Pre-stressed concrete storage tanks and bund walls, sometimes referred to as preload or wire wound concrete tanks and bunds, were a common structure from the 1950s to 1970s, with the last being built in the UK in 1981 for providing water storage tanks and secondary confinement around liquid storage tanks in the event of spillage. It was a patented system [1] for banding tanks more efficiently and with less expenditure of time, labour and materials. The method uses a tendon carrying-and-placing vehicle supported for movement around and adjacent to the outer face of the tank to be banded. One end of the tendon is anchored at a starting point and the tendons are circumferentially wrapped around the concrete structure in layers. Applied in a helical process, the pre-stressing tendon is most commonly wrapped in a recess to form bands, with each layer receiving a coating of spray applied gunite. By covering each wire, the aim is to provide a durable and fully bonded pre-stressing system. Circumferential pre-stressing maintains the concrete in a state of compression so tensile cracks are eliminated. The tank or bund wall is wrapped to an initial maximum compressive stress of about 55% \( f_{\text{cu}} \) and a final design compressive stress of about 45% \( f_{\text{cu}} \) is achieved after pre-stressing losses.

The actual stress in the wire is accurately measured during winding to ensure that the applied pre-stressing force is in accordance with the design. The layers continually build up until the final gunite covering is floated to provide a flush surface and an aesthetically pleasing appearance. The tendons can be coated with zinc galvanizing, as was commonly the case in the United Kingdom, but corrosion has become an issue in some structures meaning the strength of the tendon and bond strength can be severely compromised. Pre-load tendons can be stressed up to 60% of their ultimate tensile strength, and because their diameter is nominally only about 5 mm, a loss in cross-sectional area due to corrosion can increase the stress level considerably. A reduction in cross-sectional area of a wire can exceed 30% after only 20 years of corrosion propagation even at low corrosion rates [2]. In addition, the anodic dissolution of tendons accelerates with the increasing tensile stress [3].

Coatings such as hot-dip galvanizing are used to improve corrosion resistance and is recognized as an effective protection measure for pre-stressing steels [4] with many publications on its performance [5, 6, 7, 8]. Of the several corrosion protection systems that are available [9], zinc and zinc-based (e.g. zinc-aluminium) coating systems are the most common [4, 10]. However, zinc and aluminium are sensitive to the high alkaline environment of wet cement mortar or concrete [11]. As a consequence of zinc corrosion, hydrogen may develop and hydrogen-induced failures of pre-stressing steel may occur [4]. However, there is evidence to the contrary where a 40 year old bridge showed deterioration mainly due to insufficient concrete cover to the tendons instead of stress corrosion or hydrogen embrittlement [12]. Despite the attention being given to corrosion and hydrogen generation which may lead to failure of the tendon, the interaction between a ruptured tendon and surrounding gunite has not been fully established and its significance is discussed in the following section.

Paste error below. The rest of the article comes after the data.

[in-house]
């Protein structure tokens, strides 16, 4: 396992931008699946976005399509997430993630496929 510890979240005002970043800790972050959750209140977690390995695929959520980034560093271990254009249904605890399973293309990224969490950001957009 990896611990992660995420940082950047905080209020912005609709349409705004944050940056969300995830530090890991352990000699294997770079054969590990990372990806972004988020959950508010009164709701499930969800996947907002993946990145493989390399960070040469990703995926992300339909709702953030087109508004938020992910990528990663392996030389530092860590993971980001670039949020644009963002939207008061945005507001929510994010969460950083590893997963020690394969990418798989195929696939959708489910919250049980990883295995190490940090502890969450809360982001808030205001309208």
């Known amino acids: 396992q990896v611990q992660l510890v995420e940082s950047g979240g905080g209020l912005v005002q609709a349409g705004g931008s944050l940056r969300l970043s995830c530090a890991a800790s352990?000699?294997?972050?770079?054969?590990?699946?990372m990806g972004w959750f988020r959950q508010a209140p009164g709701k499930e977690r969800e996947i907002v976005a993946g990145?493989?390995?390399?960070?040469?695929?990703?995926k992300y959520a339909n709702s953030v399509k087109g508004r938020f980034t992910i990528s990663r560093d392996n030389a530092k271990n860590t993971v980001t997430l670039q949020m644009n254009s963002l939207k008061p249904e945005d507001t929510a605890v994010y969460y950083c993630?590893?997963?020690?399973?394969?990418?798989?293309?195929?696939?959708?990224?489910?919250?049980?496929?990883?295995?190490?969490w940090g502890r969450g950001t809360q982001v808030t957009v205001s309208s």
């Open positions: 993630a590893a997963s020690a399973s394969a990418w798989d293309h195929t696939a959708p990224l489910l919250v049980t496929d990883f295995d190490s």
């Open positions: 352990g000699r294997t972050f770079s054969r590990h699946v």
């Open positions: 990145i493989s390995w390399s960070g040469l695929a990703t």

2 Research significance

The boom in the construction of pre-load tanks and bund wall containment structures from the 1950s onwards means that these structures are now at an age where deterioration due to corrosion of the pre-stressing steel is a distinct possibility (further information on typical repair techniques is available [13]). Since the purpose of the wrap-around band is to provide circumferential pre-stress to keep the bund wall in compression to about 45% \( f_{\text{cu}} \), it is unlikely that the localised rupture of one or two tendons will have an appreciable effect on the strength as long as the tendon can transfer full pre-stress (beyond the transmission length) to the gunite via bond around the circumference of the tank or bund wall. What is of significance is the potential for a localised explosive type failure when the tendon ruptures and there is insufficient area of gunite to absorb the energy. This has health and safety implications for operatives working near the bund wall as the explosive failure is normally sudden and without warning. The analysis provided in this paper will enable the inspection engineer to assess the likelihood of an explosive type failure by gathering design, construction and in-service information such as cover to gunite, magnitude of pre-load, diameter and type of tendon and likely areas of corrosion and using these to estimate the transfer stress to the gunite at rupture of one or more tendons.

The analysis, where required, is related to design equations from Eurocode 2 [EC2, 14] e.g. determination of bond stress and transmission length at pre-stress transfer (rupture of the tendon). However, EC2 accommodates two types of pre-stressing steel, indented wire and three & seven wire strands. Tanks and bund walls constructed in the 1950s–1970s used galvanised, 5 mm (or imperial equivalent) high strength tendons hence information on the bond between smooth, galvanised tendons, both with and without corrosion, was required before the recommendations in EC2 could be utilised. A series of laboratory bond tests were conducted and these are outlined in the next section.

3 Materials and methods

3.1 Preparation of moulds and test specimens

A number of timber moulds/pre-stressing beds (Fig. 1) were designed and developed to (1) pre-load the tendon; (2) provide formwork for the 100 mm × 100 mm mortar formulated to represent gunite in composition and strength (hereafter referred to as gunite) and (3) enable the magnitude of pre-stress transfer to the gunite to be determined at rupture. The main components of the test system are given in Fig. 1.